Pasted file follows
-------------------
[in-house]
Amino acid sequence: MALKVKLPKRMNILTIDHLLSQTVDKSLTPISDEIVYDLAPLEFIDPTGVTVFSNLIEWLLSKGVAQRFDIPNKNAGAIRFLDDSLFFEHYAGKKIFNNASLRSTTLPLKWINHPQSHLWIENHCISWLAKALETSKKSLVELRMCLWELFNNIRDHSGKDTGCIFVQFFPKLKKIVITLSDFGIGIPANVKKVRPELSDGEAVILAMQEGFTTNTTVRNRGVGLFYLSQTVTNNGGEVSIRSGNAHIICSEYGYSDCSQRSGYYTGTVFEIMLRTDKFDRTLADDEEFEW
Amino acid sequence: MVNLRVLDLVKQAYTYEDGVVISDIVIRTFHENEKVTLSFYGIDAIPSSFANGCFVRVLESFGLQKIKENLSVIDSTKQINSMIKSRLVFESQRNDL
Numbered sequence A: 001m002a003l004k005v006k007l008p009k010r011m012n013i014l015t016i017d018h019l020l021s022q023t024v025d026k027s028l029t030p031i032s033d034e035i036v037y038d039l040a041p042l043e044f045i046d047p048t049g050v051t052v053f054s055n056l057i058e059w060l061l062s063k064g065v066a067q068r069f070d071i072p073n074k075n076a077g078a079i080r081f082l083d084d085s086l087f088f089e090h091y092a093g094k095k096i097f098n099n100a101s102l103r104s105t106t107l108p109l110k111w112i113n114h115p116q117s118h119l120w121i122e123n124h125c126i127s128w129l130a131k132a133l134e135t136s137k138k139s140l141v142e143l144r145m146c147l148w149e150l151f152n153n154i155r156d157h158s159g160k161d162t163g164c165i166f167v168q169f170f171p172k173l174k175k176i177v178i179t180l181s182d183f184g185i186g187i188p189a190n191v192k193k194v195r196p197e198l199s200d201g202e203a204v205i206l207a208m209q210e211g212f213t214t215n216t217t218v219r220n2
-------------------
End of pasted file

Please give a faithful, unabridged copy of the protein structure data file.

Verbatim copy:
[in-house]
Amino acid sequence: MALKVKLPKRMNILTIDHLLSQTVDKSLTPISDEIVYDLAPLEFIDPTGVTVFSNLIEWLLSKGVAQRFDIPNKNAGAIRFLDDSLFFEHYAGKKIFNNASLRSTTLPLKWINHPQSHLWIENHCISWLAKALETSKKSLVELRMCLWELFNNIRDHSGKDTGCIFVQFFPKLKKIVITLSDFGIGIPANVKKVRPELSDGEAVILAMQEGFTTNTTVRNRGVGLFYLSQTVTNNGGEVSIRSGNAHIICSEYGYSDCSQRSGYYTGTVFEIMLRTDKFDRTLADDEEFEW
Amino acid sequence: MVNLRVLDLVKQAYTYEDGVVISDIVIRTFHENEKVTLSFYGIDAIPSSFANGCFVRVLESFGLQKIKENLSVIDSTKQINSMIKSRLVFESQRNDL
Numbered sequence A: 001m002a003l004k005v006k007l008p009k010r011m012n013i014l015t016i017d018h019l020l021s022q023t024v025d026k027s028l029t030p031i032s033d034e035i036v037y038d039l040a041p042l043e044f045i046d047p048t049g050v051t052v053f054s055n056l057i058e059w060l061l062s063k064g065v066a067q068r069f070d071i072p073n074k075n076a077g078a079i080r081f082l083d084d085s086l087f088f089e090h091y092a093g094k095k096i097f098n099n100a101s102l103r104s105t106t107l108p109l110k111w112i113n114h115p116q117s118h119l120w121i122e123n124h125c126i127s128w129l130a131k132a133l134e135t136s137k138k139s140l141v142e143l144r145m146c147l148w149e150l151f152n153n154i155r156d157h158s159g160k161d162t163g164c165i166f167v168q169f170f171p172k173l174k175k176i177v178i179t180l181s182d183f184g185i186g187i188p189a190n191v192k193k194v195r196p197e198l199s200d201g202e203a204v205i206l207a208m209q210e211g212f213t214t215n216t217t218v219r220n2